a study published in the Frontiers in Neuroscience demonstrated that stress in healthy adults led to longer sleep latencies and sleep disturbances [13] whilst high cortisol levels have been shown to reduce sleep duration by 1.5 – 2 hours [14] and as much as 5 hours in stressed workers [15].

theanine aids relaxation without sedation

theanine increases the relative concentration of GABA and decreases the impact of the excitatory pathway, glutamate, in the brain. GABA's primary role in the nervous system is to promote relaxation without sedation. Some studies suggest that L-theanine can limit the stress response by reducing blood pressure, heart rate, and muscle contraction [16].

when GABA is broken down in the muscles it also aids relaxation and therefore the prevailing theory suggests that it may help you to sleep better. At the National Institute of Mental Health & the National Centre of Neurology and Psychiatry in Japan, 200mg of theanine 1 hour before bed showed improved sleep quality [17] whilst the same dose of theanine for 4 weeks appears to reduce sleep latency but has no impact on sleep duration [18].

what about magnesium?

the evidence is inconclusive for magnesium preparations, such as bath salts or supplements for relaxation [19]. A single short-term study did demonstrate that patients with insomnia who consumed 500mg magnesium slept longer and took less time to fall asleep [20]. However, 500mg is 42% higher than the EU's safe upper limit for magnesium for men (350mg/day) and over 57% for women (300mg/day) [21].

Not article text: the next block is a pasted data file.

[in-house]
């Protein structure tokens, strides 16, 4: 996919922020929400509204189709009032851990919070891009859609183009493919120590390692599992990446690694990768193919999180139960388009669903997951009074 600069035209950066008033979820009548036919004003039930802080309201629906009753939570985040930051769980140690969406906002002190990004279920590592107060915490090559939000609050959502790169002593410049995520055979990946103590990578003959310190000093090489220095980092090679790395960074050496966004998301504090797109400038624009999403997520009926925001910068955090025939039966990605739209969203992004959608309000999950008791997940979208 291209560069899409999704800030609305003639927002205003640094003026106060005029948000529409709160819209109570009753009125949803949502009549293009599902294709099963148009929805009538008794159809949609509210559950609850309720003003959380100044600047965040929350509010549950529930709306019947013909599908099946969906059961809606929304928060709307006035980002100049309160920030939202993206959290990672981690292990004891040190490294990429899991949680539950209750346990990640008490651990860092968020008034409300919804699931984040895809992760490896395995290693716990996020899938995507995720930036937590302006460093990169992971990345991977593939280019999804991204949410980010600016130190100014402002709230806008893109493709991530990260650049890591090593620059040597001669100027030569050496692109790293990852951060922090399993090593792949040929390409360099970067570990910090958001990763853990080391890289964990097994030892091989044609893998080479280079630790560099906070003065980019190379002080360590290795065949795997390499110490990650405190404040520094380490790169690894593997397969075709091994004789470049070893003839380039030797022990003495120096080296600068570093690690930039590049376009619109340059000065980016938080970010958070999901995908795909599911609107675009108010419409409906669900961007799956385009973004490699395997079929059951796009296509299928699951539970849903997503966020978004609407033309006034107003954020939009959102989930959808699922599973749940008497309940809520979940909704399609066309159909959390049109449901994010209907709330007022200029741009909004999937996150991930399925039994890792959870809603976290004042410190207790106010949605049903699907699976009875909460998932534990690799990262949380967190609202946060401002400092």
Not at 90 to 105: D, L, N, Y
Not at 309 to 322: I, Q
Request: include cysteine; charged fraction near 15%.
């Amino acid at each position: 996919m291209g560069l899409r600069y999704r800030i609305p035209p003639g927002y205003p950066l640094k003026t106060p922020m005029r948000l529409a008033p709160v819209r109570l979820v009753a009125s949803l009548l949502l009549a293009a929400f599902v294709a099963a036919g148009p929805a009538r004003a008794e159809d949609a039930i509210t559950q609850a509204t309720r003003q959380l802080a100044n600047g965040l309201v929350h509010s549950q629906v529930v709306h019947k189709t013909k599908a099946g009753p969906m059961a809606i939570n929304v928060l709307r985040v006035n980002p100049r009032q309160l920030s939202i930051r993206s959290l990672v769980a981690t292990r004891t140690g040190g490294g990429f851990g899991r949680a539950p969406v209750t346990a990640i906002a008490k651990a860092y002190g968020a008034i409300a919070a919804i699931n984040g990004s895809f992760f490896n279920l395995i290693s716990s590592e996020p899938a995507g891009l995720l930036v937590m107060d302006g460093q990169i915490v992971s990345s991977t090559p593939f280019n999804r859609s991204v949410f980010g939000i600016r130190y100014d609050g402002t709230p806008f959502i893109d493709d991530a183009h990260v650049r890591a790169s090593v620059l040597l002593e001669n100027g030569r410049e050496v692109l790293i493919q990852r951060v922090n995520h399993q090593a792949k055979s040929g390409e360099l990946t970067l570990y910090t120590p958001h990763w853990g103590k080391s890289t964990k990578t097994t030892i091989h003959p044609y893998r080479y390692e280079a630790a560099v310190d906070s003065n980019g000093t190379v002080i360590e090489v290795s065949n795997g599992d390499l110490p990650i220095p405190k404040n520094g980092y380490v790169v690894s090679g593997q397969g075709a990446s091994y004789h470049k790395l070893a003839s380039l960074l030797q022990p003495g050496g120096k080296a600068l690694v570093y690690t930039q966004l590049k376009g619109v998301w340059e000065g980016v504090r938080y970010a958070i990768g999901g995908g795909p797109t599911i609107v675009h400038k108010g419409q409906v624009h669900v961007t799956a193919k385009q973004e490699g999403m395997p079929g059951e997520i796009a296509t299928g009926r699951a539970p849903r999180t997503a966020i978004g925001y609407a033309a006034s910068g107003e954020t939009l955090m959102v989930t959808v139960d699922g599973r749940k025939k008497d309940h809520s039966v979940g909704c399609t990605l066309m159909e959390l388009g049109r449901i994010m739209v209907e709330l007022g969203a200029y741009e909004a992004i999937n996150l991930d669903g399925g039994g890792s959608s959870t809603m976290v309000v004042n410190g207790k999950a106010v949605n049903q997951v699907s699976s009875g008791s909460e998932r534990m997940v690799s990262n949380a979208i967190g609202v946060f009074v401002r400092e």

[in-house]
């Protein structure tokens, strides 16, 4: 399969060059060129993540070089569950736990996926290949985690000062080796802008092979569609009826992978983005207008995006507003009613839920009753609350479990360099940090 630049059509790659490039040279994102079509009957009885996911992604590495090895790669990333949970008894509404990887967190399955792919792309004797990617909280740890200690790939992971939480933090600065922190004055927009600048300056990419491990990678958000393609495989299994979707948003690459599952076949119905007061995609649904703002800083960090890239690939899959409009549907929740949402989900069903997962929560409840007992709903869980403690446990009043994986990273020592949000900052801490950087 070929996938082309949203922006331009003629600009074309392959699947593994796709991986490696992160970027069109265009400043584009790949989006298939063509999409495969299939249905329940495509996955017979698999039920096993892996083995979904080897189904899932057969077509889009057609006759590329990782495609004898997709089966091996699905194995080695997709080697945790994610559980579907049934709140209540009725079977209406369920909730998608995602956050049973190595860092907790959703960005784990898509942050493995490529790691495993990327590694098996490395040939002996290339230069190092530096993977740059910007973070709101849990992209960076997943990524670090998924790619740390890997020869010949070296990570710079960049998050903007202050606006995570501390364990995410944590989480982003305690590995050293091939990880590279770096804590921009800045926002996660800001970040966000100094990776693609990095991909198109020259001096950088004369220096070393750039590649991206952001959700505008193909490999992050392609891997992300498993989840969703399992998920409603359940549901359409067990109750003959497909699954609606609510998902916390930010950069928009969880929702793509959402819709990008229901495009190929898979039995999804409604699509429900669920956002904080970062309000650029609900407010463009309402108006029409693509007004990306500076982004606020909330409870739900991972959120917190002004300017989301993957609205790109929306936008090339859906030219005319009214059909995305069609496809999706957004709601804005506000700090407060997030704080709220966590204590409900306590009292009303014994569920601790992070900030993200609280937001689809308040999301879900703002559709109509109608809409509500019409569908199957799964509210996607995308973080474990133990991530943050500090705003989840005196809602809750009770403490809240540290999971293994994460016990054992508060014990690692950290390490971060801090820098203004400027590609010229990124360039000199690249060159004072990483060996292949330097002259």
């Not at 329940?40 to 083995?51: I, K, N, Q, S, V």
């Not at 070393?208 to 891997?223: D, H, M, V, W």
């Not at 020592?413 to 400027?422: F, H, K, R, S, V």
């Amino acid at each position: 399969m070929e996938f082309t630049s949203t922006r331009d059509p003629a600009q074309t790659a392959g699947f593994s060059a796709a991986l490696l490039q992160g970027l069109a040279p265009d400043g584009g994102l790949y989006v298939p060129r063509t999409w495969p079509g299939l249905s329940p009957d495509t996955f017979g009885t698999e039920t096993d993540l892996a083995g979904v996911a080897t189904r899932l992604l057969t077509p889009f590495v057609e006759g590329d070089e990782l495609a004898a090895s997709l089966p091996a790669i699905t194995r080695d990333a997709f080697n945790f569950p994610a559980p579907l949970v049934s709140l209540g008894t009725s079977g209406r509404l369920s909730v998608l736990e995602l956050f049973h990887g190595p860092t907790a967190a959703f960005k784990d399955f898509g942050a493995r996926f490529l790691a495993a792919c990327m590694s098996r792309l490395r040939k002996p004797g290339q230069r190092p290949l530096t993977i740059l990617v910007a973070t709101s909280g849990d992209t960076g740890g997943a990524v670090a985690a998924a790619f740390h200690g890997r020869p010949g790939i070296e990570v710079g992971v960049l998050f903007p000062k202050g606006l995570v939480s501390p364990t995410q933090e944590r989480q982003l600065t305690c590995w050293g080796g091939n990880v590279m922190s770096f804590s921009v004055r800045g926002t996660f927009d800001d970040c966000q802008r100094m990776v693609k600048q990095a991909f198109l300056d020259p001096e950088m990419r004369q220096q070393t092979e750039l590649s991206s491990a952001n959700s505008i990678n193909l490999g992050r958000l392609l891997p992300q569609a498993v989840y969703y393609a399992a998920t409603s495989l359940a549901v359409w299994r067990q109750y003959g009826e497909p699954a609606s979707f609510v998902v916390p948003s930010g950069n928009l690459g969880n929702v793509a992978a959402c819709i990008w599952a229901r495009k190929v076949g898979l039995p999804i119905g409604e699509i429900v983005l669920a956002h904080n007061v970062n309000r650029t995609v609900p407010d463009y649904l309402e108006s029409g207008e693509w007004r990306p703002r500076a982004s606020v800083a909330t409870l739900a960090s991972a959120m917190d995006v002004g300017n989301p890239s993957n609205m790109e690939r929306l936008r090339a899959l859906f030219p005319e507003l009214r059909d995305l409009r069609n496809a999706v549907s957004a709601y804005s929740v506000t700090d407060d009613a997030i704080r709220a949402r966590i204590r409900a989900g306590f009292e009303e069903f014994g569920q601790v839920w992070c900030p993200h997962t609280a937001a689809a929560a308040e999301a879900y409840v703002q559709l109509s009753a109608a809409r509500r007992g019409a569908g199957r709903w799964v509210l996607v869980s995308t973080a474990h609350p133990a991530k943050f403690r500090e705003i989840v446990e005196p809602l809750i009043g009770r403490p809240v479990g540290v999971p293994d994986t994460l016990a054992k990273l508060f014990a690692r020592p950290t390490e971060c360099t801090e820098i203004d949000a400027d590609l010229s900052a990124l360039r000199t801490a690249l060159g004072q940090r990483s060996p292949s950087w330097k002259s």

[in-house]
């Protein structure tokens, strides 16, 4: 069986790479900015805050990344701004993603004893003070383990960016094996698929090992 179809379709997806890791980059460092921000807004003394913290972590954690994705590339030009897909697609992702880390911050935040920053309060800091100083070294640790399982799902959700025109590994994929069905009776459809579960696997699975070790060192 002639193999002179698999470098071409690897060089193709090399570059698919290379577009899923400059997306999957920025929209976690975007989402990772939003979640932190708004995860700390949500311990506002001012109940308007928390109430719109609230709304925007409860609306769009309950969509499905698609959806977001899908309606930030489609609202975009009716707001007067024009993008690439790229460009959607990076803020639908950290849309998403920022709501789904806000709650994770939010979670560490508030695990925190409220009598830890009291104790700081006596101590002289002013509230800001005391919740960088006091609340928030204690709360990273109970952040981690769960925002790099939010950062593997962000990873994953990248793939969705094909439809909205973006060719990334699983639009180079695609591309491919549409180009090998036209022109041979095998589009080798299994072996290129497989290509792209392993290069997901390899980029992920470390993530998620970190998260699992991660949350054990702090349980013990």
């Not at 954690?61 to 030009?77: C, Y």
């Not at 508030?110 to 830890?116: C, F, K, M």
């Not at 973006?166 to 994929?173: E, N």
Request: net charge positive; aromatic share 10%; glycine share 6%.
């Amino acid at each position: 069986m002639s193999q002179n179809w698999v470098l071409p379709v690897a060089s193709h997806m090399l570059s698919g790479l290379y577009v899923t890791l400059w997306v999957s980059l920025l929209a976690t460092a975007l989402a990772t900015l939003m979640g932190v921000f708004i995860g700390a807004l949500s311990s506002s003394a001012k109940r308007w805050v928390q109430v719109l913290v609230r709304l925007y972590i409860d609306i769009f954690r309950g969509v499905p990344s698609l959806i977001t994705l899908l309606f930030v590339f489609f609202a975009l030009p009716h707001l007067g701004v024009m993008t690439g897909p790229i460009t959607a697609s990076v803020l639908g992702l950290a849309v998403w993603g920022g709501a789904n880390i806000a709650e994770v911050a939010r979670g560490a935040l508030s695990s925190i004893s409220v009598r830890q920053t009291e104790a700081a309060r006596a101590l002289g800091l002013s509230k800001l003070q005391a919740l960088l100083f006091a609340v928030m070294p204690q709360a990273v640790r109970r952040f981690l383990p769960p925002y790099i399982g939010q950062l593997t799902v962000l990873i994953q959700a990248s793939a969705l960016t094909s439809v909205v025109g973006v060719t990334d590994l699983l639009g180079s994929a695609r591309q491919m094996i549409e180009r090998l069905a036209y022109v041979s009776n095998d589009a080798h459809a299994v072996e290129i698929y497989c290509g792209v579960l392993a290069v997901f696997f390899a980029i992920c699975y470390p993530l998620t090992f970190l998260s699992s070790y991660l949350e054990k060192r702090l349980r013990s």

valerian root

a limited body of evidence showed that people with and without sleep problems that consumed valerian root had improved sleep quality and fell asleep 16 minutes faster [22]. As promising as this seems, some research suggests it has no benefits on sleep, such as sleep duration and there is a fundamental research challenge when comparing herbal remedy studies. Valerian contains 150 different compounds which can alter depending on the growing region, soil and climate [23].

does camomile help you to fall asleep?

camomile contains a compound called apigenin, a mild sedative with a similar lock and key effect to drugs used to treat insomnia [24]. Camomile preparations, such as teas and essential oils, have a historical use to calm nerves to treat insomnia [25] and is considered to be a natural sleep aid. However, the evidence for effective camomile extracts on sleep is limited. Adults with insomnia that consumed 270mg camomile twice daily for 28 days experienced no benefits on sleep duration [26] but elderly people that consumed 200mg camomile experience better sleep [27]. Further clinical research is needed to confirm the mechanism of apigenin in camomile and the recommended dose of camomile to reap sleep benefits.